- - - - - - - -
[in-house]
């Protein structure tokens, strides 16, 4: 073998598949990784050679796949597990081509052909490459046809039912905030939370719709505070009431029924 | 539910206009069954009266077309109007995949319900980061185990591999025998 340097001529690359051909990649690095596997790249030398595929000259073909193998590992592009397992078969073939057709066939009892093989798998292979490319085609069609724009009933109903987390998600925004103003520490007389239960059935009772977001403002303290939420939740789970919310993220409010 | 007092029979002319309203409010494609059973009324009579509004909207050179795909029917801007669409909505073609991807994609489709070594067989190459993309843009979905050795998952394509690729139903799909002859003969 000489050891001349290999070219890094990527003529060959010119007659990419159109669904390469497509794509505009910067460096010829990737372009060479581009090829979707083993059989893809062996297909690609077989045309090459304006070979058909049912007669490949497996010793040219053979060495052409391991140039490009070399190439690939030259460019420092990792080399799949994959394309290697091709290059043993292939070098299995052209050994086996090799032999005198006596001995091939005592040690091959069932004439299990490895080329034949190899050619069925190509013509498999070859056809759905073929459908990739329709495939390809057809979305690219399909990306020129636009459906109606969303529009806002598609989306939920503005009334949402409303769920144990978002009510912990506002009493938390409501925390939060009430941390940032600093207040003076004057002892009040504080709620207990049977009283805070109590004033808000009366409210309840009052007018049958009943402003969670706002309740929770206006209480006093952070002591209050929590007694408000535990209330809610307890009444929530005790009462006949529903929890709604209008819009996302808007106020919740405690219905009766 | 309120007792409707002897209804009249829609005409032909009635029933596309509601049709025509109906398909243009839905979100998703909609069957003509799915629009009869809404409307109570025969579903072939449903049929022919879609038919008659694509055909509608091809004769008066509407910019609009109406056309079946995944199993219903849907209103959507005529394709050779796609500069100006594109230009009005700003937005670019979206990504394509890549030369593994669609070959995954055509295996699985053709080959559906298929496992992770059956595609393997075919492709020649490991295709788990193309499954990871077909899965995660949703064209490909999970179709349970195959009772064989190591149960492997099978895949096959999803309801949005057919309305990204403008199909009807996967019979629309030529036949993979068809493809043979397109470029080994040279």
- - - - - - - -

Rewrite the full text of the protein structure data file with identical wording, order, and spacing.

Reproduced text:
[in-house]
């Protein structure tokens, strides 16, 4: 073998598949990784050679796949597990081509052909490459046809039912905030939370719709505070009431029924 | 539910206009069954009266077309109007995949319900980061185990591999025998 340097001529690359051909990649690095596997790249030398595929000259073909193998590992592009397992078969073939057709066939009892093989798998292979490319085609069609724009009933109903987390998600925004103003520490007389239960059935009772977001403002303290939420939740789970919310993220409010 | 007092029979002319309203409010494609059973009324009579509004909207050179795909029917801007669409909505073609991807994609489709070594067989190459993309843009979905050795998952394509690729139903799909002859003969 000489050891001349290999070219890094990527003529060959010119007659990419159109669904390469497509794509505009910067460096010829990737372009060479581009090829979707083993059989893809062996297909690609077989045309090459304006070979058909049912007669490949497996010793040219053979060495052409391991140039490009070399190439690939030259460019420092990792080399799949994959394309290697091709290059043993292939070098299995052209050994086996090799032999005198006596001995091939005592040690091959069932004439299990490895080329034949190899050619069925190509013509498999070859056809759905073929459908990739329709495939390809057809979305690219399909990306020129636009459906109606969303529009806002598609989306939920503005009334949402409303769920144990978002009510912990506002009493938390409501925390939060009430941390940032600093207040003076004057002892009040504080709620207990049977009283805070109590004033808000009366409210309840009052007018049958009943402003969670706002309740929770206006209480006093952070002591209050929590007694408000535990209330809610307890009444929530005790009462006949529903929890709604209008819009996302808007106020919740405690219905009766 | 309120007792409707002897209804009249829609005409032909009635029933596309509601049709025509109906398909243009839905979100998703909609069957003509799915629009009869809404409307109570025969579903072939449903049929022919879609038919008659694509055909509608091809004769008066509407910019609009109406056309079946995944199993219903849907209103959507005529394709050779796609500069100006594109230009009005700003937005670019979206990504394509890549030369593994669609070959995954055509295996699985053709080959559906298929496992992770059956595609393997075919492709020649490991295709788990193309499954990871077909899965995660949703064209490909999970179709349970195959009772064989190591149960492997099978895949096959999803309801949005057919309305990204403008199909009807996967019979629309030529036949993979068809493809043979397109470029080994040279």